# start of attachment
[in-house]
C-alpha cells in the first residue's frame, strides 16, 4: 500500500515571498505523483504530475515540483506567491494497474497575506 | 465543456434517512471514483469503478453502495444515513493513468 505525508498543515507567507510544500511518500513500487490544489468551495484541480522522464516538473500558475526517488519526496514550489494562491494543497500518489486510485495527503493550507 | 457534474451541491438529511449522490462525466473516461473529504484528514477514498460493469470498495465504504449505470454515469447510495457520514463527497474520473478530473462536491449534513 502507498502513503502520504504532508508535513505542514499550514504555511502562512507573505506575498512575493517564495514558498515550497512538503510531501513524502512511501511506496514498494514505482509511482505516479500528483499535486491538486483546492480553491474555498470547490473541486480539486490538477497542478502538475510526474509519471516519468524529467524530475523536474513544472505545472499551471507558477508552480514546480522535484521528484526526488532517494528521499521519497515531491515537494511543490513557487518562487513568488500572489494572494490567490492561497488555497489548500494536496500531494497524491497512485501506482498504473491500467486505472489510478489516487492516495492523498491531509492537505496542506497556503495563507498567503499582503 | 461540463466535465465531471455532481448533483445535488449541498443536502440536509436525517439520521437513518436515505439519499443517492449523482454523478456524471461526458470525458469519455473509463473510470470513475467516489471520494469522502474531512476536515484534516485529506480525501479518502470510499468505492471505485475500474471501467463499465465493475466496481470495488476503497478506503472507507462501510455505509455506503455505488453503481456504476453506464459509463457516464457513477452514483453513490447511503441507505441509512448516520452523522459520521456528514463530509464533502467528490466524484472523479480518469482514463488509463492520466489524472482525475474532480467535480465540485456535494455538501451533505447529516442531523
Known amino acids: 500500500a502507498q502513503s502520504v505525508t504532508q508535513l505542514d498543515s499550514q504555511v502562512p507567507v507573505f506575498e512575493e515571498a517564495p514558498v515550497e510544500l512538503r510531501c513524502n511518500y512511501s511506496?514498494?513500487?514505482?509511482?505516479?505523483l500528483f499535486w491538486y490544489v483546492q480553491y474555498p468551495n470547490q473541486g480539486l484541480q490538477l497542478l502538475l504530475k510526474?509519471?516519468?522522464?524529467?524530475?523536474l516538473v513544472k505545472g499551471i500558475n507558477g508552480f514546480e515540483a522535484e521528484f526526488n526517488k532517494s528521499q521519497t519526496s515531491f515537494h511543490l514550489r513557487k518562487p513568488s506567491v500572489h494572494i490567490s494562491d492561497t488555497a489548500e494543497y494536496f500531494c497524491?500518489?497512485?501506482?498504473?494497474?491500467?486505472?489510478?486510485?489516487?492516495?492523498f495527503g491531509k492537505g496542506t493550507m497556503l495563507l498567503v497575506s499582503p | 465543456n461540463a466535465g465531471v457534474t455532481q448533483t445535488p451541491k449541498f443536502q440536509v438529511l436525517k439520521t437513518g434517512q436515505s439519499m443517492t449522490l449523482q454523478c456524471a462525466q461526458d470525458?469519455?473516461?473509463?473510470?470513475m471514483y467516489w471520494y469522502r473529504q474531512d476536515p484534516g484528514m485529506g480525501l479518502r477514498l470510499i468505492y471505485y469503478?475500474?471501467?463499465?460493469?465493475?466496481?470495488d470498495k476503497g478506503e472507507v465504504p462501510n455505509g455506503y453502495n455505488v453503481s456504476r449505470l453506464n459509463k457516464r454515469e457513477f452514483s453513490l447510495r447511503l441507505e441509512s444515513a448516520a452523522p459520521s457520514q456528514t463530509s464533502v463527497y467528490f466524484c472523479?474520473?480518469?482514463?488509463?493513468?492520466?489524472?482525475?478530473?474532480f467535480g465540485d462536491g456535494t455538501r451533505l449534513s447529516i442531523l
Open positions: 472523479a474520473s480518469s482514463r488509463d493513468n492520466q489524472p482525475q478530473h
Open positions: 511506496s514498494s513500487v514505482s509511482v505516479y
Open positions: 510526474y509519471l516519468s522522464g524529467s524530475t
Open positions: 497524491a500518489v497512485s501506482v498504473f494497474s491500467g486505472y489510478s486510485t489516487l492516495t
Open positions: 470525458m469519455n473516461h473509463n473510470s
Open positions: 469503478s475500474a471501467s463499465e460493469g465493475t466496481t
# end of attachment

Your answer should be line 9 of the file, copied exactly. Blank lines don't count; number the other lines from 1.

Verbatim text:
Open positions: 469503478s475500474a471501467s463499465e460493469g465493475t466496481t